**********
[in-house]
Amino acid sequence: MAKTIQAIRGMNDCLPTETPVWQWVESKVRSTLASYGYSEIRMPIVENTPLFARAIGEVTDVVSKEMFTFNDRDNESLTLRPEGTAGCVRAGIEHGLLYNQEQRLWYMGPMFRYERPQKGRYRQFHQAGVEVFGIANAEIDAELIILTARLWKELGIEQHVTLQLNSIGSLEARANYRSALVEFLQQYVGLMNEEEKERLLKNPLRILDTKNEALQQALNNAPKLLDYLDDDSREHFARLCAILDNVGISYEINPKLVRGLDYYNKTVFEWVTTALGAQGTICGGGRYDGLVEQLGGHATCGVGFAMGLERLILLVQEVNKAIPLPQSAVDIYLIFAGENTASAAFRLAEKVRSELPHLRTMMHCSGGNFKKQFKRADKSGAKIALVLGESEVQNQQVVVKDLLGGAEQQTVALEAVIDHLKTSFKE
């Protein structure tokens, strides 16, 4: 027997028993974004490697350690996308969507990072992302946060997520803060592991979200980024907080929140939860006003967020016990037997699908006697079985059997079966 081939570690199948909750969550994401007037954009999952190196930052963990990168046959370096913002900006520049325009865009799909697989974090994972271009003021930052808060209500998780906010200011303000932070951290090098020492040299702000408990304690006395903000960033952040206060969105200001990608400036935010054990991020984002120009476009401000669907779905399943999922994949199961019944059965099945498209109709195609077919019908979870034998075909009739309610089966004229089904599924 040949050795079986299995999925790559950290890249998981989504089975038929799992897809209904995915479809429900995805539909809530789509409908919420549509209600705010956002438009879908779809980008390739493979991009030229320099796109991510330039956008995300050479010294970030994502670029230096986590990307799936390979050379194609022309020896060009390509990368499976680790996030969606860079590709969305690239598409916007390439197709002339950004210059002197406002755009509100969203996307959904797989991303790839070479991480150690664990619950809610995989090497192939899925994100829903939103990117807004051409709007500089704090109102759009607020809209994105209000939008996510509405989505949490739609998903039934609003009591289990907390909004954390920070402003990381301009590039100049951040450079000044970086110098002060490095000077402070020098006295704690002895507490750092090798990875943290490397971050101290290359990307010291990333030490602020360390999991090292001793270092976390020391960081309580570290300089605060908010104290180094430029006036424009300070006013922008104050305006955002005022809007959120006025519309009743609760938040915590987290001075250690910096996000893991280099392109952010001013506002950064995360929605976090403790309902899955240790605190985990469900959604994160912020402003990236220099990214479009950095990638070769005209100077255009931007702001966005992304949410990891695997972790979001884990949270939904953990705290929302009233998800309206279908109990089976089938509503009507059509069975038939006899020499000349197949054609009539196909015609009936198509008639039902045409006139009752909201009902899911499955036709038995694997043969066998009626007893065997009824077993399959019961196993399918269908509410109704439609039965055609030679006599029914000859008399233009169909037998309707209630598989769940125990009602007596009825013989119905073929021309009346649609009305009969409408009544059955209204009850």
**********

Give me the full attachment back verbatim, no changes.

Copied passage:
[in-house]
Amino acid sequence: MAKTIQAIRGMNDCLPTETPVWQWVESKVRSTLASYGYSEIRMPIVENTPLFARAIGEVTDVVSKEMFTFNDRDNESLTLRPEGTAGCVRAGIEHGLLYNQEQRLWYMGPMFRYERPQKGRYRQFHQAGVEVFGIANAEIDAELIILTARLWKELGIEQHVTLQLNSIGSLEARANYRSALVEFLQQYVGLMNEEEKERLLKNPLRILDTKNEALQQALNNAPKLLDYLDDDSREHFARLCAILDNVGISYEINPKLVRGLDYYNKTVFEWVTTALGAQGTICGGGRYDGLVEQLGGHATCGVGFAMGLERLILLVQEVNKAIPLPQSAVDIYLIFAGENTASAAFRLAEKVRSELPHLRTMMHCSGGNFKKQFKRADKSGAKIALVLGESEVQNQQVVVKDLLGGAEQQTVALEAVIDHLKTSFKE
């Protein structure tokens, strides 16, 4: 027997028993974004490697350690996308969507990072992302946060997520803060592991979200980024907080929140939860006003967020016990037997699908006697079985059997079966 081939570690199948909750969550994401007037954009999952190196930052963990990168046959370096913002900006520049325009865009799909697989974090994972271009003021930052808060209500998780906010200011303000932070951290090098020492040299702000408990304690006395903000960033952040206060969105200001990608400036935010054990991020984002120009476009401000669907779905399943999922994949199961019944059965099945498209109709195609077919019908979870034998075909009739309610089966004229089904599924 040949050795079986299995999925790559950290890249998981989504089975038929799992897809209904995915479809429900995805539909809530789509409908919420549509209600705010956002438009879908779809980008390739493979991009030229320099796109991510330039956008995300050479010294970030994502670029230096986590990307799936390979050379194609022309020896060009390509990368499976680790996030969606860079590709969305690239598409916007390439197709002339950004210059002197406002755009509100969203996307959904797989991303790839070479991480150690664990619950809610995989090497192939899925994100829903939103990117807004051409709007500089704090109102759009607020809209994105209000939008996510509405989505949490739609998903039934609003009591289990907390909004954390920070402003990381301009590039100049951040450079000044970086110098002060490095000077402070020098006295704690002895507490750092090798990875943290490397971050101290290359990307010291990333030490602020360390999991090292001793270092976390020391960081309580570290300089605060908010104290180094430029006036424009300070006013922008104050305006955002005022809007959120006025519309009743609760938040915590987290001075250690910096996000893991280099392109952010001013506002950064995360929605976090403790309902899955240790605190985990469900959604994160912020402003990236220099990214479009950095990638070769005209100077255009931007702001966005992304949410990891695997972790979001884990949270939904953990705290929302009233998800309206279908109990089976089938509503009507059509069975038939006899020499000349197949054609009539196909015609009936198509008639039902045409006139009752909201009902899911499955036709038995694997043969066998009626007893065997009824077993399959019961196993399918269908509410109704439609039965055609030679006599029914000859008399233009169909037998309707209630598989769940125990009602007596009825013989119905073929021309009346649609009305009969409408009544059955209204009850």